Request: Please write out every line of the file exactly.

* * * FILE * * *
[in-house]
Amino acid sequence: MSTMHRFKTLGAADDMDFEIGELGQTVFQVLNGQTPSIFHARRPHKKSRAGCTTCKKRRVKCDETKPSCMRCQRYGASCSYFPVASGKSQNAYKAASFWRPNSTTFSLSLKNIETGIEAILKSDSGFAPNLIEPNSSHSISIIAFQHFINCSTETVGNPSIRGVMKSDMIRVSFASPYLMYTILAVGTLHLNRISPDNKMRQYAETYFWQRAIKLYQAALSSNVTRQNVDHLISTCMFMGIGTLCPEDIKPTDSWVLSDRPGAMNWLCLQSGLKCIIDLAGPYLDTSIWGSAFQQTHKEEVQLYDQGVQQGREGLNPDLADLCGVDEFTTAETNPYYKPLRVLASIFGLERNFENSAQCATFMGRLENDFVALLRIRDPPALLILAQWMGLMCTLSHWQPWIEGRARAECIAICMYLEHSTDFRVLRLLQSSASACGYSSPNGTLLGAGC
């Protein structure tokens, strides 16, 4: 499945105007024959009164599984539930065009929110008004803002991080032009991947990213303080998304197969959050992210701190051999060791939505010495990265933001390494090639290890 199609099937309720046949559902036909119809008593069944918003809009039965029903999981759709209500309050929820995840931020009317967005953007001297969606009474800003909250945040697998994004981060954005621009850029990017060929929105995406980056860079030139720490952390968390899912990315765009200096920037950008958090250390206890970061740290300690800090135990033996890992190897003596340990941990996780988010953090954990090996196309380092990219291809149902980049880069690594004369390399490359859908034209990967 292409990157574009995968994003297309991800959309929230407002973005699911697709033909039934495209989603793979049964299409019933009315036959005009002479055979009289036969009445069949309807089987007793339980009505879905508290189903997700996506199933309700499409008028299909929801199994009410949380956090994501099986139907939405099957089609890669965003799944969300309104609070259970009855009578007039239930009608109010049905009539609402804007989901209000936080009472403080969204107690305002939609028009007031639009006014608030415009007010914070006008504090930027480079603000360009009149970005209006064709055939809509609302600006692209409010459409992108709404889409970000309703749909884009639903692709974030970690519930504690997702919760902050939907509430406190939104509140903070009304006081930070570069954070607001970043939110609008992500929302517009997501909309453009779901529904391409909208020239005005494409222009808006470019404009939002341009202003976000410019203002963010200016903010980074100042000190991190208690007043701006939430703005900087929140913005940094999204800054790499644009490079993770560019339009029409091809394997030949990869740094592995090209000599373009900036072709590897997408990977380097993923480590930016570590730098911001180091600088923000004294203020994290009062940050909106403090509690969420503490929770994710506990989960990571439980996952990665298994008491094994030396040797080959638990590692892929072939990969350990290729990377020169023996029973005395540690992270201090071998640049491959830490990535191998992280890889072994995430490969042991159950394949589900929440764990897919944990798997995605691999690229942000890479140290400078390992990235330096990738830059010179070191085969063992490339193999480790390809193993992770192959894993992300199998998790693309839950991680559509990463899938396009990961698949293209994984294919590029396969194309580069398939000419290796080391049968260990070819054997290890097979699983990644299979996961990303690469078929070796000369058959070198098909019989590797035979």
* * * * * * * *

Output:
[in-house]
Amino acid sequence: MSTMHRFKTLGAADDMDFEIGELGQTVFQVLNGQTPSIFHARRPHKKSRAGCTTCKKRRVKCDETKPSCMRCQRYGASCSYFPVASGKSQNAYKAASFWRPNSTTFSLSLKNIETGIEAILKSDSGFAPNLIEPNSSHSISIIAFQHFINCSTETVGNPSIRGVMKSDMIRVSFASPYLMYTILAVGTLHLNRISPDNKMRQYAETYFWQRAIKLYQAALSSNVTRQNVDHLISTCMFMGIGTLCPEDIKPTDSWVLSDRPGAMNWLCLQSGLKCIIDLAGPYLDTSIWGSAFQQTHKEEVQLYDQGVQQGREGLNPDLADLCGVDEFTTAETNPYYKPLRVLASIFGLERNFENSAQCATFMGRLENDFVALLRIRDPPALLILAQWMGLMCTLSHWQPWIEGRARAECIAICMYLEHSTDFRVLRLLQSSASACGYSSPNGTLLGAGC
């Protein structure tokens, strides 16, 4: 499945105007024959009164599984539930065009929110008004803002991080032009991947990213303080998304197969959050992210701190051999060791939505010495990265933001390494090639290890 199609099937309720046949559902036909119809008593069944918003809009039965029903999981759709209500309050929820995840931020009317967005953007001297969606009474800003909250945040697998994004981060954005621009850029990017060929929105995406980056860079030139720490952390968390899912990315765009200096920037950008958090250390206890970061740290300690800090135990033996890992190897003596340990941990996780988010953090954990090996196309380092990219291809149902980049880069690594004369390399490359859908034209990967 292409990157574009995968994003297309991800959309929230407002973005699911697709033909039934495209989603793979049964299409019933009315036959005009002479055979009289036969009445069949309807089987007793339980009505879905508290189903997700996506199933309700499409008028299909929801199994009410949380956090994501099986139907939405099957089609890669965003799944969300309104609070259970009855009578007039239930009608109010049905009539609402804007989901209000936080009472403080969204107690305002939609028009007031639009006014608030415009007010914070006008504090930027480079603000360009009149970005209006064709055939809509609302600006692209409010459409992108709404889409970000309703749909884009639903692709974030970690519930504690997702919760902050939907509430406190939104509140903070009304006081930070570069954070607001970043939110609008992500929302517009997501909309453009779901529904391409909208020239005005494409222009808006470019404009939002341009202003976000410019203002963010200016903010980074100042000190991190208690007043701006939430703005900087929140913005940094999204800054790499644009490079993770560019339009029409091809394997030949990869740094592995090209000599373009900036072709590897997408990977380097993923480590930016570590730098911001180091600088923000004294203020994290009062940050909106403090509690969420503490929770994710506990989960990571439980996952990665298994008491094994030396040797080959638990590692892929072939990969350990290729990377020169023996029973005395540690992270201090071998640049491959830490990535191998992280890889072994995430490969042991159950394949589900929440764990897919944990798997995605691999690229942000890479140290400078390992990235330096990738830059010179070191085969063992490339193999480790390809193993992770192959894993992300199998998790693309839950991680559509990463899938396009990961698949293209994984294919590029396969194309580069398939000419290796080391049968260990070819054997290890097979699983990644299979996961990303690469078929070796000369058959070198098909019989590797035979």